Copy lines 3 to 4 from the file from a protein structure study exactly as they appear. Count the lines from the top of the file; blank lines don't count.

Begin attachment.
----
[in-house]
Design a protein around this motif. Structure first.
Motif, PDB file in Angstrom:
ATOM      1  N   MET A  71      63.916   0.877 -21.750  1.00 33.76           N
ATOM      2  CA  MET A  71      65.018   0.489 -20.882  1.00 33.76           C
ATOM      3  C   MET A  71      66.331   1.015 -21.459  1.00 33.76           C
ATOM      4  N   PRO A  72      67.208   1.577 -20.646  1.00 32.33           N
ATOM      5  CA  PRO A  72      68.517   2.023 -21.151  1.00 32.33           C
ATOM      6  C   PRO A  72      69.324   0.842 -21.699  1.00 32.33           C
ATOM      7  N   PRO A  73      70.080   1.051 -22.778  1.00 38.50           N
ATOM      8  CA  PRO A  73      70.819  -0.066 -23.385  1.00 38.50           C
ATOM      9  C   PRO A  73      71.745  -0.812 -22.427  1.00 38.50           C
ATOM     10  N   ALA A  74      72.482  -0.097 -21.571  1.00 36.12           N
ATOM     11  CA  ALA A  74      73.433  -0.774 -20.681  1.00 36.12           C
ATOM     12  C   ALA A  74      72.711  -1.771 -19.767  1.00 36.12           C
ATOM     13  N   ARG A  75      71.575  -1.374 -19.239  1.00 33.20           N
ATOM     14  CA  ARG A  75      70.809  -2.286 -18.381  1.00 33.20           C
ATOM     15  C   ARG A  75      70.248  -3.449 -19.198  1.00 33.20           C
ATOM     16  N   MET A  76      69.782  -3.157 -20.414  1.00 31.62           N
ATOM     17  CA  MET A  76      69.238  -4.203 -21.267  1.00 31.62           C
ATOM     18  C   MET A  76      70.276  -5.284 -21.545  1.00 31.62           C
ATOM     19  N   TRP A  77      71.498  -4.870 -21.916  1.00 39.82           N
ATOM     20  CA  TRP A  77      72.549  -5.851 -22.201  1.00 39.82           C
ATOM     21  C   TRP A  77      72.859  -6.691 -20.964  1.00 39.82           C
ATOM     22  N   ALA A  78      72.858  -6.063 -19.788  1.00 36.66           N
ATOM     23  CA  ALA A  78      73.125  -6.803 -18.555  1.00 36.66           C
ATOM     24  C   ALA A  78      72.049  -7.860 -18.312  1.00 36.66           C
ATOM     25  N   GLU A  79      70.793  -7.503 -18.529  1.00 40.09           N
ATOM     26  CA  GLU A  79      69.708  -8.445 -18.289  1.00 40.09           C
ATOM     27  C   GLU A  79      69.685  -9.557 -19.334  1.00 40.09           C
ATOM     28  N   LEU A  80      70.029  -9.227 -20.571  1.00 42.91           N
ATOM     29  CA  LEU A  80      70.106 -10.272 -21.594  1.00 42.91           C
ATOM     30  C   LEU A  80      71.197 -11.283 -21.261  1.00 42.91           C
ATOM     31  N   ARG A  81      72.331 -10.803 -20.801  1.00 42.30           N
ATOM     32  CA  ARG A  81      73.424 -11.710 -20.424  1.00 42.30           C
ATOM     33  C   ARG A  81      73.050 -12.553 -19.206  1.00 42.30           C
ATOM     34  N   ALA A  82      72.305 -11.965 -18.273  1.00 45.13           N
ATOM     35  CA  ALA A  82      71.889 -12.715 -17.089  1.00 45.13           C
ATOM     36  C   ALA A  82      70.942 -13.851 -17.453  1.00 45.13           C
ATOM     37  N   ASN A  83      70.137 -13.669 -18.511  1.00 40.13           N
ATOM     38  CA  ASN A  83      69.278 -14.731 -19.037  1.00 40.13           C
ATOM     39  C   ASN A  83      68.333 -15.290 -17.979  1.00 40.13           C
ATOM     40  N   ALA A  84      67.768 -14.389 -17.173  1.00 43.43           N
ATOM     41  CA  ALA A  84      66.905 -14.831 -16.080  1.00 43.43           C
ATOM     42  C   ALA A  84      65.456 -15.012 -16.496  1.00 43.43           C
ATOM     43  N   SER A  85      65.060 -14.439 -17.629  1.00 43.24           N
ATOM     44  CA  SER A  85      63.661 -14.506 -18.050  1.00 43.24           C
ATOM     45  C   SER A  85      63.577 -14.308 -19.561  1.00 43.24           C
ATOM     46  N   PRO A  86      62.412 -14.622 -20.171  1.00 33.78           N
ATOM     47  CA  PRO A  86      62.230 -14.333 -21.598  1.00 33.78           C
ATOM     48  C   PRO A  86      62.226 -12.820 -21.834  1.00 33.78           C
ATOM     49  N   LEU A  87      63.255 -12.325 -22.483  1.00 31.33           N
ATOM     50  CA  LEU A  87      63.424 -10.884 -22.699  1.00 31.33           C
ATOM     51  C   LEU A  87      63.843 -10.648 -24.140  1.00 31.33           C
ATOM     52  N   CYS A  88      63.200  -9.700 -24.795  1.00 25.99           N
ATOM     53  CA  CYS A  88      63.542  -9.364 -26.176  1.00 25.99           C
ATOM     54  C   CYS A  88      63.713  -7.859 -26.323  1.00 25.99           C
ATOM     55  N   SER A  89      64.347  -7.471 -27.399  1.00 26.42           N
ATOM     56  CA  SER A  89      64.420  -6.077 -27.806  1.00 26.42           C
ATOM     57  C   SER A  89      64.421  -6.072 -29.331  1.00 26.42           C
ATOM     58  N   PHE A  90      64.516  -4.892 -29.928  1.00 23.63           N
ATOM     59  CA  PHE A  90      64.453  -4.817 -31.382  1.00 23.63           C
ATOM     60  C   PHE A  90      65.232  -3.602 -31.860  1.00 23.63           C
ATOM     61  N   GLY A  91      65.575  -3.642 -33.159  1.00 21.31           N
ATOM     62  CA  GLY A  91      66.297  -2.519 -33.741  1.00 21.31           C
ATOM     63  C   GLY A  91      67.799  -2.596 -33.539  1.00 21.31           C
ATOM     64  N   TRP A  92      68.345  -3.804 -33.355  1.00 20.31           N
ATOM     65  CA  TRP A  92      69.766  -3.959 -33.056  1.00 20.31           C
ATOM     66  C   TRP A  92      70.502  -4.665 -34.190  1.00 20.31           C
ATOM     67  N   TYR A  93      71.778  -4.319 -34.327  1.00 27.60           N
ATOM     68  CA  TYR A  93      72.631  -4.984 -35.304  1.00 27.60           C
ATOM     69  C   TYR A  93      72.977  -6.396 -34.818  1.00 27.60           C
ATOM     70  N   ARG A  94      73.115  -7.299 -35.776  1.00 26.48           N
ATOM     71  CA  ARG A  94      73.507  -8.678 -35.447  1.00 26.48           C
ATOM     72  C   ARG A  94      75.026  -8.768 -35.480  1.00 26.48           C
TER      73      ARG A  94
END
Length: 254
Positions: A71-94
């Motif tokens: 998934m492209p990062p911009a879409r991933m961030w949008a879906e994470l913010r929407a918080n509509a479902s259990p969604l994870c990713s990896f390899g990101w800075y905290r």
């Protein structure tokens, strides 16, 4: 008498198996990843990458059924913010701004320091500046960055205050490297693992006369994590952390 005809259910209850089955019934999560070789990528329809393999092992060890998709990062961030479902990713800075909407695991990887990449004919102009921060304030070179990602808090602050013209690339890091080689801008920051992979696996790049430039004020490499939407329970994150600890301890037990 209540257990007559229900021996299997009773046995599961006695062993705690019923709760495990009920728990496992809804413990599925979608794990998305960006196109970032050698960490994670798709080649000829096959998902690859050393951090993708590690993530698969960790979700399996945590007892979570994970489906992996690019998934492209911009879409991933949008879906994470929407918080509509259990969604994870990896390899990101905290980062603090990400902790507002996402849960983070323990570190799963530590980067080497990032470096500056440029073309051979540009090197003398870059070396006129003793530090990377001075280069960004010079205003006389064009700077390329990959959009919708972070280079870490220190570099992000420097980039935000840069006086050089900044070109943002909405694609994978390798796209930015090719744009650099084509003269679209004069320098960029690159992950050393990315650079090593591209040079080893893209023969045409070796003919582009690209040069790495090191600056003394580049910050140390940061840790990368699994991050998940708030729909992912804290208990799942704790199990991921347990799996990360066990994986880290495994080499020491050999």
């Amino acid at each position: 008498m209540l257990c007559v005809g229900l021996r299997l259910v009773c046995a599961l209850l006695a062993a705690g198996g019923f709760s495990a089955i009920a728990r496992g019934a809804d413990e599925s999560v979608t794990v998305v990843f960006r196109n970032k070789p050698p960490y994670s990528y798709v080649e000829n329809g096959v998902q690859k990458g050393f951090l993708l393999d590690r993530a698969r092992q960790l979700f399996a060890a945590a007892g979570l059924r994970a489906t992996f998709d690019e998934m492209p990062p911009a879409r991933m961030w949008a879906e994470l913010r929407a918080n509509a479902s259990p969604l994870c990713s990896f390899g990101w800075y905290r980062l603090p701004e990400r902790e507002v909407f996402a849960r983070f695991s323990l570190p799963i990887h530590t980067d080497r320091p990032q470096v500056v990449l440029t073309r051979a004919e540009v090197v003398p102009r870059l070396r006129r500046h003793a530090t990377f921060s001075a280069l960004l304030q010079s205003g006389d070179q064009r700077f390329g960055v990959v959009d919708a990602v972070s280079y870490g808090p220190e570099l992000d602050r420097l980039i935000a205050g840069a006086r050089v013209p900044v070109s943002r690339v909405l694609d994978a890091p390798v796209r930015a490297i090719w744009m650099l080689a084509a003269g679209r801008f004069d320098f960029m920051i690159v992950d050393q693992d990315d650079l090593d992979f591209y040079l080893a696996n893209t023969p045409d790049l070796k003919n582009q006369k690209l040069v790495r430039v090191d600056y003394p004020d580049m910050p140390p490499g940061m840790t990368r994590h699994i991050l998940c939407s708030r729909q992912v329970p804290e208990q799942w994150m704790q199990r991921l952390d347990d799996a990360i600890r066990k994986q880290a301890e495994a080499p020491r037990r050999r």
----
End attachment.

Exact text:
Motif, PDB file in Angstrom:
ATOM      1  N   MET A  71      63.916   0.877 -21.750  1.00 33.76           N